If the mediator is unsuccessful in resolving the dispute, he will assign it to trial before one of our Judge’s. If Mediation was not chosen on the Petition, the case will then be set for a Pre-trial. The client does not have to appear at a Pre-trial. I will be there to exchange information with the other attorney, typically medical records, employment records, etc. The two attorneys and the Judge will pick a mutually convenient Trial date. The Trial date is anywhere from two to four months or so after the Pre-trial.
There is a special case called the 60 day case. That is where a person was receiving workers’ compensation benefits and were cut off by the insurance company and the injured worker files their Petition within 60 days of the cut off date. This allows them a fast track trial date, although does not guarantee a trial on the first time up.
Workers’ Compensation Settlement vs. Trial
Our clients frequently ask whether or not their case will be settled or if they will have to go to trial. I tell my clients that typically 90% or more of our cases actually result in a settlement before trial. The 10% or less of our cases that actually go to trial, typically go to trial because the parties are unable to agree to a settlement figure or there is some other reason why the case may need to be tried. The Judge will make the decision based on the evidence presented to him, such as depositions of doctors and the statements of witnesses. The Judge does not award a lump sum of money, as a jury might in an auto accident case, but rather he will make a determination as to whether or not the insurance company/employer should have paid certain benefits in the past and whether or not the person is currently entitled to receive compensation benefits.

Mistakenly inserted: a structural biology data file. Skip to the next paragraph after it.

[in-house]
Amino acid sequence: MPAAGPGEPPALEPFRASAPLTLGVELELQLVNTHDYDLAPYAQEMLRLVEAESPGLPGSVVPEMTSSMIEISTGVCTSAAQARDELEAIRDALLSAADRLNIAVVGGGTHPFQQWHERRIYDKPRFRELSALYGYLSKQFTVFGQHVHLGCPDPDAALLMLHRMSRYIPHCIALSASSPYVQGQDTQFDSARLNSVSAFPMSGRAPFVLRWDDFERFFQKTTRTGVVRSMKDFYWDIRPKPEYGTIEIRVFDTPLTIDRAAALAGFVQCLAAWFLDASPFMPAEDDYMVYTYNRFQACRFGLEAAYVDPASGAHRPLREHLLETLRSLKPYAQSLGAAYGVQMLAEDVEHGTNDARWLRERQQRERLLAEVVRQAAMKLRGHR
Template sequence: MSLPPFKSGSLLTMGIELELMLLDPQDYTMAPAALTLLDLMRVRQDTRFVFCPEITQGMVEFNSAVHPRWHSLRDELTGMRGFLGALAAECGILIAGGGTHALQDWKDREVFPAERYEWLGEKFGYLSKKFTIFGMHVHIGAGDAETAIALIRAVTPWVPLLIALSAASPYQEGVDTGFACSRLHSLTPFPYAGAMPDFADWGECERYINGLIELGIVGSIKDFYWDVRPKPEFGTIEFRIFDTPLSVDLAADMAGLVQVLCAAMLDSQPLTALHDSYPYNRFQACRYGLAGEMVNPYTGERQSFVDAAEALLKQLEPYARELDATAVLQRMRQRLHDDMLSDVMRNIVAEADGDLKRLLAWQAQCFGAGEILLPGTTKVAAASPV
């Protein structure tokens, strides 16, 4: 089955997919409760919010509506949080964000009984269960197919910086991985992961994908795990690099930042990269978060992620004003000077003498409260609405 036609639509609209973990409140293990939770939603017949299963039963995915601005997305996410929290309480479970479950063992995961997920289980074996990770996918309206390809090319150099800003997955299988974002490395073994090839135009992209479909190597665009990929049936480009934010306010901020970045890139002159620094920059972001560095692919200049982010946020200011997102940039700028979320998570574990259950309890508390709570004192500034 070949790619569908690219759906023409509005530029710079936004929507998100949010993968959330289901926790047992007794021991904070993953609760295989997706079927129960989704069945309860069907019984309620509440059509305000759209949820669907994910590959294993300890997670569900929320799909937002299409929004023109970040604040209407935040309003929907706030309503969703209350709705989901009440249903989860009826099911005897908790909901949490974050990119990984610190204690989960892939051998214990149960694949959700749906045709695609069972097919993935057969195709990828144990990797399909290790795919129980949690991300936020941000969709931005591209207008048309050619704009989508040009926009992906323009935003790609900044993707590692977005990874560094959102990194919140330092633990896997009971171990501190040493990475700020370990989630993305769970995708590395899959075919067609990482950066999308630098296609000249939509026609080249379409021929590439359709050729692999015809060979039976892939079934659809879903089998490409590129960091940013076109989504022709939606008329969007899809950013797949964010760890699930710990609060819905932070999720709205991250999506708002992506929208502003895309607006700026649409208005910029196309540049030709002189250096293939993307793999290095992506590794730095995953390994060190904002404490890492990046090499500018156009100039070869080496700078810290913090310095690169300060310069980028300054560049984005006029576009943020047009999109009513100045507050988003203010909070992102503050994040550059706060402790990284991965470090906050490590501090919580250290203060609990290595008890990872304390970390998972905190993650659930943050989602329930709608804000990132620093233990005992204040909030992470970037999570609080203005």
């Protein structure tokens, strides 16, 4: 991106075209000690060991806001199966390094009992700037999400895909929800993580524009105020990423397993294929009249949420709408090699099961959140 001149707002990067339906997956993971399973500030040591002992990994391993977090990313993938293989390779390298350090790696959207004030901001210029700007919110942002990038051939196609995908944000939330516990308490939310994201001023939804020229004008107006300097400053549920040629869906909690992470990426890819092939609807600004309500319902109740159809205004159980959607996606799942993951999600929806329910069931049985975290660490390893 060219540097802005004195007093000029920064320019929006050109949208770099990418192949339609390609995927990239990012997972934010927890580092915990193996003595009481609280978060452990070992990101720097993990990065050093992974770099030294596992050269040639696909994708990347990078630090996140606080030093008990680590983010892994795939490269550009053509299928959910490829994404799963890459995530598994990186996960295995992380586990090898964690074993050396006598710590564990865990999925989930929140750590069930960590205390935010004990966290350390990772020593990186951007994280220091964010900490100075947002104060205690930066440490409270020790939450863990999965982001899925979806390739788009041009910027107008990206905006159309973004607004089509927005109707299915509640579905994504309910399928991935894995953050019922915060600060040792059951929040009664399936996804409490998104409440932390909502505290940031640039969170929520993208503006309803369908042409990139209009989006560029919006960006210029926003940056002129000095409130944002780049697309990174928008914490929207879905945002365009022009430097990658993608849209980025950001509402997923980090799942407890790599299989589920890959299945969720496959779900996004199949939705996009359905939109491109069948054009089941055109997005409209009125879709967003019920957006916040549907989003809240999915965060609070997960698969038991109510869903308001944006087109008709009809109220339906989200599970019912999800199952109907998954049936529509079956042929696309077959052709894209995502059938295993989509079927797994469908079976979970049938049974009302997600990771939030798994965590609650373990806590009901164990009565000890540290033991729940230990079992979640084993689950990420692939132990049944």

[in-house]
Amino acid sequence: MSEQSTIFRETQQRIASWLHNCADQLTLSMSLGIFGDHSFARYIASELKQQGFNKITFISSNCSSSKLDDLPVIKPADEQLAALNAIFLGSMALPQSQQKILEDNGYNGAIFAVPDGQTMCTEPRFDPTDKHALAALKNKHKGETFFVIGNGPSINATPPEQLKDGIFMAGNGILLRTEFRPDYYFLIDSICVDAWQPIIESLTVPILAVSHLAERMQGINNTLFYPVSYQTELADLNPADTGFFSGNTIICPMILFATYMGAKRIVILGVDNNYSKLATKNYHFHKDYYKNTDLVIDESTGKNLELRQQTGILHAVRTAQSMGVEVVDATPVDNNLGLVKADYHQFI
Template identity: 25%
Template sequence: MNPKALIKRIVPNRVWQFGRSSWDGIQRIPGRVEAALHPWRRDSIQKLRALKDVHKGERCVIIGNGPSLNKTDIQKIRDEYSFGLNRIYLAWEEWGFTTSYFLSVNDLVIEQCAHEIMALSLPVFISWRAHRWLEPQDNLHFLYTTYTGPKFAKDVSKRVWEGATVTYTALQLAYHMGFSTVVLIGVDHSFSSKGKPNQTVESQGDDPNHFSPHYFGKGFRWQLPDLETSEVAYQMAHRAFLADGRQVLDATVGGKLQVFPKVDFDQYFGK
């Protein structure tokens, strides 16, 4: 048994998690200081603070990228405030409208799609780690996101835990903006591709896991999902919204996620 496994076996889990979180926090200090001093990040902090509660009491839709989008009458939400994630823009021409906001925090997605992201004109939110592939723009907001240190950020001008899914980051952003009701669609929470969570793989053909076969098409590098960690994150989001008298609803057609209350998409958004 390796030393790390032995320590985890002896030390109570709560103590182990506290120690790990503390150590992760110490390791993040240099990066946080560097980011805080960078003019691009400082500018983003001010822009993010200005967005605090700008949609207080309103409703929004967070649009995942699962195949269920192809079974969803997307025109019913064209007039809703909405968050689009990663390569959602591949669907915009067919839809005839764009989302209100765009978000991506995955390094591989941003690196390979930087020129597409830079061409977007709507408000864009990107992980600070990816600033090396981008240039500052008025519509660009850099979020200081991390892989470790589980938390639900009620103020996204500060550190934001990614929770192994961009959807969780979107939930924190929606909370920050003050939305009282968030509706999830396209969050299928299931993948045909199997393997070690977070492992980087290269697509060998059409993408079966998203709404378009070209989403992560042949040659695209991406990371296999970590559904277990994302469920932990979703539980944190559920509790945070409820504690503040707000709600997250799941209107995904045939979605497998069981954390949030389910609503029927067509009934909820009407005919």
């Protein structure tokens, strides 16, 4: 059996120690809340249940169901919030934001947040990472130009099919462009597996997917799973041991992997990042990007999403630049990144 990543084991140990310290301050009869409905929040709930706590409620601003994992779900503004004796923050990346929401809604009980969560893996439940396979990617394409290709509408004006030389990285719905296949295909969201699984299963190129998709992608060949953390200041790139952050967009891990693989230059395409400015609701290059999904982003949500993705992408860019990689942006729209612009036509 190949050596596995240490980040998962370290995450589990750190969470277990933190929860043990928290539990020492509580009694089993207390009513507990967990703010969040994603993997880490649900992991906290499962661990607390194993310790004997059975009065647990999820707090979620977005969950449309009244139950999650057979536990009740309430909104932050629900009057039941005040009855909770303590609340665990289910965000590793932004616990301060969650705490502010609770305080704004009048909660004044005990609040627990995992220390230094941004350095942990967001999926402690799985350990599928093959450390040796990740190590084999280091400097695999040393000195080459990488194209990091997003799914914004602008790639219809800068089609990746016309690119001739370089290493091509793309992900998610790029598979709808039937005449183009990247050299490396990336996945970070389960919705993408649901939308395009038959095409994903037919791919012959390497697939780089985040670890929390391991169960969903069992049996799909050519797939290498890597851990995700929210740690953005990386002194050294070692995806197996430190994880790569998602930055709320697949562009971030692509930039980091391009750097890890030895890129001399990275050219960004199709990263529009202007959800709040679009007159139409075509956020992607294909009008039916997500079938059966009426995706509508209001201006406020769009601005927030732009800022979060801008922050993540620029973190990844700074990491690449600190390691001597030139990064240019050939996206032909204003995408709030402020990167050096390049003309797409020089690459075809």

Even if you win your case at trial, the insurance company/employer frequently file appeals of those decisions. What that typically means is that you will start receiving 70% of your weekly compensation benefits while it is on appeal. Any past due monies that were awarded for weekly wages or past due medical is held and not paid until after the appeal is over.
It is important that you continue to treat with your physicians. The Judges frequently think that when you stop treating with doctors, that indicates an improvement in your condition. Sometimes the lack of medical treatment is due to a lack of finances or refusal of the doctor to treat someone without insurance, however continuing treatment is important to your case.
Private Investigators and/or Insurance Investigators
The insurance company and/or employer will sometimes hire a private investigator to go out and check up on you. What they are looking for is to see whether you are working and not disclosing that and whether or not you are performing activities that are inconsistent with your claim of disability. Our Judges do not require you to be bed-ridden in order to win a workers’ compensation case, however they will look closely at any evidence that suggests your disability is not as bad as you claim. For that reason, do not attempt to manipulate the doctors, or others, regarding your disability status.
Independent Medical Examinations